Boeing postpones unmanned test flight of ISS capsule Starliner until August

Boeing confirms that it will not conduct an unmanned test flight with the Starliner to the ISS this month. This flight should have taken place in April, following the unmanned test flight that SpaceX performed last month with the alternative Crew Dragon capsule.

Reports came last month that Boeing would not make it to April’s schedule, and the US aerospace company has now confirmed this to News 6. This first, official, unmanned test flight to the ISS has been postponed to sometime in August “to avoid unnecessary schedule pressure,” Boeing said.

Boeing said in an email that the team working on the Starliner capsule has recently reached some “major, major test milestones” leading up to the first unmanned flight, but for a launch this month, the day will be too short. The first manned test flight is yet to take place this year, the company reports.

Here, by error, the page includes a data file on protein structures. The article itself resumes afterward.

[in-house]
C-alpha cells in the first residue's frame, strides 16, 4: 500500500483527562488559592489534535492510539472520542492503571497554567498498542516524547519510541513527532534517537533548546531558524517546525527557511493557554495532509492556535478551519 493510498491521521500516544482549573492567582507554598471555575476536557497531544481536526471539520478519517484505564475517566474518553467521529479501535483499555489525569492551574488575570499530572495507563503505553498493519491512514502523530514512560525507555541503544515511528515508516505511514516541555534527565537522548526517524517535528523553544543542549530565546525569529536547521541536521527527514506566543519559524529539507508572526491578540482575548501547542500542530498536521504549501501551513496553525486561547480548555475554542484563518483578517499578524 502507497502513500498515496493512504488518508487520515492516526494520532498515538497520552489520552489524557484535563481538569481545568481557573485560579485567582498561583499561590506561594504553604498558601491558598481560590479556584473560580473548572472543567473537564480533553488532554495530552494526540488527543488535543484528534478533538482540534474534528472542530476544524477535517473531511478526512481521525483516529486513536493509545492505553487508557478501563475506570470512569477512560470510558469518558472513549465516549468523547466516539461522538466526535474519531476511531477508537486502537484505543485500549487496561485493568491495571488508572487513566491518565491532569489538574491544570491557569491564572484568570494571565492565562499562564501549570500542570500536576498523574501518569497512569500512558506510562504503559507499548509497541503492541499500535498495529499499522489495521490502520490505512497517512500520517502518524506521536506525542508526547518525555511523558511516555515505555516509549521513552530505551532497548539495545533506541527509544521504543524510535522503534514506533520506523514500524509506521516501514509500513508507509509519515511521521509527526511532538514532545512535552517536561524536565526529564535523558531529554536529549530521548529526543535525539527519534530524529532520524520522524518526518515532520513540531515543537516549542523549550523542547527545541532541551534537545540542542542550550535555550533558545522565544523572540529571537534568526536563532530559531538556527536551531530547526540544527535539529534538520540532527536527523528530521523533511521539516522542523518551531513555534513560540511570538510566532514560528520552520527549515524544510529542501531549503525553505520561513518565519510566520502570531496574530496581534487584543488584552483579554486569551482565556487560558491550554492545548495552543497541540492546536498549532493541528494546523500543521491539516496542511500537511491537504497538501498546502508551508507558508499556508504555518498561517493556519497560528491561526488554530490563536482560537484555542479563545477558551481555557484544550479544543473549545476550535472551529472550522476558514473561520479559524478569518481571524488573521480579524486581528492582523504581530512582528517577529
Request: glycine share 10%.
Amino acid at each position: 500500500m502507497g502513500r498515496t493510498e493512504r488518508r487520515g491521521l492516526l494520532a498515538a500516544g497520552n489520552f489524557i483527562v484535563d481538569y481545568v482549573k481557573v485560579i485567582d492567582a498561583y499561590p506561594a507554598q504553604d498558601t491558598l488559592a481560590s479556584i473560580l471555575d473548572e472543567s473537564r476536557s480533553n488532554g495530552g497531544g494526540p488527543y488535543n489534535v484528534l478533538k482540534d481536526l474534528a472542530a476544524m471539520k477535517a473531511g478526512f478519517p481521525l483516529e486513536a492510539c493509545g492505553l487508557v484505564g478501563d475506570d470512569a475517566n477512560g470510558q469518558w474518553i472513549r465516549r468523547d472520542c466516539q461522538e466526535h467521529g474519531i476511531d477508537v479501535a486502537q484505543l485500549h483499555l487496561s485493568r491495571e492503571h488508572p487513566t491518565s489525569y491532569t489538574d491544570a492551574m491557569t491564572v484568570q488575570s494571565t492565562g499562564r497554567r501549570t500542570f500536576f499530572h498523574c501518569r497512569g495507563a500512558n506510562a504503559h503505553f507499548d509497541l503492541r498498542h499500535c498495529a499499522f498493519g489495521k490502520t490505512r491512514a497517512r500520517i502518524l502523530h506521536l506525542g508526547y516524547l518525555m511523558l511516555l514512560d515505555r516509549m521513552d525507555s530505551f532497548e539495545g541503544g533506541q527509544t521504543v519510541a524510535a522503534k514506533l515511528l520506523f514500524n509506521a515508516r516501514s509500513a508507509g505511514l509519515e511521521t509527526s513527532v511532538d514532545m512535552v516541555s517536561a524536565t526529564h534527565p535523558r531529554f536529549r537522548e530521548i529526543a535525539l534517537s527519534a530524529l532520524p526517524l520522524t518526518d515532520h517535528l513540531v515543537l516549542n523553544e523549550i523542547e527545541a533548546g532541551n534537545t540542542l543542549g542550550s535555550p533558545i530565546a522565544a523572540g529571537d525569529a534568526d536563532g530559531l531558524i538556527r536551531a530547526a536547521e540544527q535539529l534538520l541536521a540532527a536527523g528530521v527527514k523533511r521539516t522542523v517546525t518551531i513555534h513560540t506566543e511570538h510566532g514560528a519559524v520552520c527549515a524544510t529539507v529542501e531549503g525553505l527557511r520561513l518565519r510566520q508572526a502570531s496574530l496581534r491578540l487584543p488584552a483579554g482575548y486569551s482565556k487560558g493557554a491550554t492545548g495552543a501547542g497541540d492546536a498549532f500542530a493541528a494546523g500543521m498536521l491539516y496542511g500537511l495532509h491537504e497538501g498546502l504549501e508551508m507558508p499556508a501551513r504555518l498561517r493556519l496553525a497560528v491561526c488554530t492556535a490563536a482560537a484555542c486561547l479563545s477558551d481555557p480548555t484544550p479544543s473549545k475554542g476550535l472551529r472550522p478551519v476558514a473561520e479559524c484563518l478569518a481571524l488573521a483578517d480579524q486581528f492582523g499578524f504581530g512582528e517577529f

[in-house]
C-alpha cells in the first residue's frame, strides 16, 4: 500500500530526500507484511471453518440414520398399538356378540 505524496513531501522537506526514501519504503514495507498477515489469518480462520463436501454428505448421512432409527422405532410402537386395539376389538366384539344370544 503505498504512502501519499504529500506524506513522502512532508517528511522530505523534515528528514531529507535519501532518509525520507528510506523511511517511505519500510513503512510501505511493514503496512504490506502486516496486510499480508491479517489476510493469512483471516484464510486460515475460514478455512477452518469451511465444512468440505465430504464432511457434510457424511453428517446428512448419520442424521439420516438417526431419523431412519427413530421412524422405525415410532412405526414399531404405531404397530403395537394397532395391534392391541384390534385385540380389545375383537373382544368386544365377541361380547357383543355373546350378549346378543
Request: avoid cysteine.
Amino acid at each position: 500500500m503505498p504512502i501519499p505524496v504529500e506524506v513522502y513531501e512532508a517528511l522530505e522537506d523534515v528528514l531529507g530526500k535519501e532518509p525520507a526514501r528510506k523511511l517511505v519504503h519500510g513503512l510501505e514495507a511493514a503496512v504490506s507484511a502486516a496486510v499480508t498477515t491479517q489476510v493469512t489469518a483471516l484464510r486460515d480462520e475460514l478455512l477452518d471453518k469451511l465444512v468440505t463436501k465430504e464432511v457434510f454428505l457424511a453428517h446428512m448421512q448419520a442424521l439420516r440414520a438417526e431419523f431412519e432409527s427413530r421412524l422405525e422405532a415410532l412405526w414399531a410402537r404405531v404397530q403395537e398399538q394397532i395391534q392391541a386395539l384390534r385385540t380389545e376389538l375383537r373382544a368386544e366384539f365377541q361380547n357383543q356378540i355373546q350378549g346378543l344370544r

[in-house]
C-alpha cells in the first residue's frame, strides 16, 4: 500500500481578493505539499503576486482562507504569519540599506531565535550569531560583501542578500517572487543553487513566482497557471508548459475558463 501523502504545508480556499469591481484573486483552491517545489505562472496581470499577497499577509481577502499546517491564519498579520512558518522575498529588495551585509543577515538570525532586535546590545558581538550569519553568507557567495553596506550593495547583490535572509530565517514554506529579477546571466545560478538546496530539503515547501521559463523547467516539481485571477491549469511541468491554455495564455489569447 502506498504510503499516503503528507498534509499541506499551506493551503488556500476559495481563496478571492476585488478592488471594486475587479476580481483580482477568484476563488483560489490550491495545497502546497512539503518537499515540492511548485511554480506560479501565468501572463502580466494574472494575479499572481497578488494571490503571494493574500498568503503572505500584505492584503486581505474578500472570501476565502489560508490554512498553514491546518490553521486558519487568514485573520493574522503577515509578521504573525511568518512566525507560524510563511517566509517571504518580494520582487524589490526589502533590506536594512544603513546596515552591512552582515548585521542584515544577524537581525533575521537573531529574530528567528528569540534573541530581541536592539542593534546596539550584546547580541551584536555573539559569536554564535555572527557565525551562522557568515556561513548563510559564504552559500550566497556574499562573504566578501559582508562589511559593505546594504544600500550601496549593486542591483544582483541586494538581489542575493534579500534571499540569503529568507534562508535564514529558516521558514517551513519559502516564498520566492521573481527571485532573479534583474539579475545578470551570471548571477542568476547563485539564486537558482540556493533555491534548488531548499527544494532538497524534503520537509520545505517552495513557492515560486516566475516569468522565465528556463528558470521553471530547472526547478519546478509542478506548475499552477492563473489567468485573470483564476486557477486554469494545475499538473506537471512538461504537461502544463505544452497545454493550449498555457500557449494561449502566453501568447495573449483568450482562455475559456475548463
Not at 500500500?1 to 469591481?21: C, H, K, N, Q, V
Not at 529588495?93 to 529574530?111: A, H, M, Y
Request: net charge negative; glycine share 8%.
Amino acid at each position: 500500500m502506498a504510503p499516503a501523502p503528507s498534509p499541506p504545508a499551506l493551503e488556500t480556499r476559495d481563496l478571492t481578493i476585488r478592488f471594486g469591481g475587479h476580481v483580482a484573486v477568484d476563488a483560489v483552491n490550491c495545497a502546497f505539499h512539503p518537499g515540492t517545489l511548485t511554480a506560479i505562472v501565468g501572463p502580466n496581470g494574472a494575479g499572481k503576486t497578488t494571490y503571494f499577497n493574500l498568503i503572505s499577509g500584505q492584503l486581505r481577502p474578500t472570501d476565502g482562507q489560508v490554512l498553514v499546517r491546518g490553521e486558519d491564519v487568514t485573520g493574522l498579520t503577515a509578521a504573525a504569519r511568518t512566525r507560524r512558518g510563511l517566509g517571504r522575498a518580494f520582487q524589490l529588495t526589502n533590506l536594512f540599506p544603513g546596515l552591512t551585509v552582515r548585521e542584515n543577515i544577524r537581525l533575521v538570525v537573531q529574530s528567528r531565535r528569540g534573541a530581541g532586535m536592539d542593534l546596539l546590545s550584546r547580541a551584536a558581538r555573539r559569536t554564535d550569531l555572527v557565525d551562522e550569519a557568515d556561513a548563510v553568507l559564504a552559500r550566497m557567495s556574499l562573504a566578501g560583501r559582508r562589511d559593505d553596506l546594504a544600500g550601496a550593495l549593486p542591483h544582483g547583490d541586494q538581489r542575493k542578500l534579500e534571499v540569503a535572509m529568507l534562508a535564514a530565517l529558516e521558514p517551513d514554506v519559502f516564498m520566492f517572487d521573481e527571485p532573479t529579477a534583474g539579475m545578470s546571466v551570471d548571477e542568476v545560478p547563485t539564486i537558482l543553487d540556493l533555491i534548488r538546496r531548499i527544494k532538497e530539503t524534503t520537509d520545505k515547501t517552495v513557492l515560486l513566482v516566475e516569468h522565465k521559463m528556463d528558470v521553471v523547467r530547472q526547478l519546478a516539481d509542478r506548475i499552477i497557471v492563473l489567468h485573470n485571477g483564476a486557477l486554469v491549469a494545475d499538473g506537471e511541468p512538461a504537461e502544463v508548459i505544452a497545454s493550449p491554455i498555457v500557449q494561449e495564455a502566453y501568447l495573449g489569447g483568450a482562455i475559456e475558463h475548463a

With the postponement until August, Boeing will probably also create extra space for testing the abort engines. These four liquid fuel engines are part of the critical launch escape system, which should ensure that the space capsule can quickly launch itself away from the rocket in the event of a problematic launch to bring the crew to safety. This test must take place before the launch in August.

The company also said the postponement is intended not to hinder an “important launch for national security.” This concerns the launch schedule for Cape Canaveral, where an Atlas 5 rocket will launch the US Air Force’s fifth Advanced Extremely High Frequency communications satellite in June.

Like SpaceX’s Crew Dragon, the Starliner is part of NASA’s Commercial Crew program. This program aims to no longer depend on Russia for reaching the ISS. SpaceX conducted a successful test flight to the space station a month ago, but this too was still an unmanned test flight. The first manned Crew Dragon flight has yet to follow and in view of the postponement at the Starliner, it is obvious that the US will remain dependent on the Russian Soyuz for transporting astronauts to the ISS.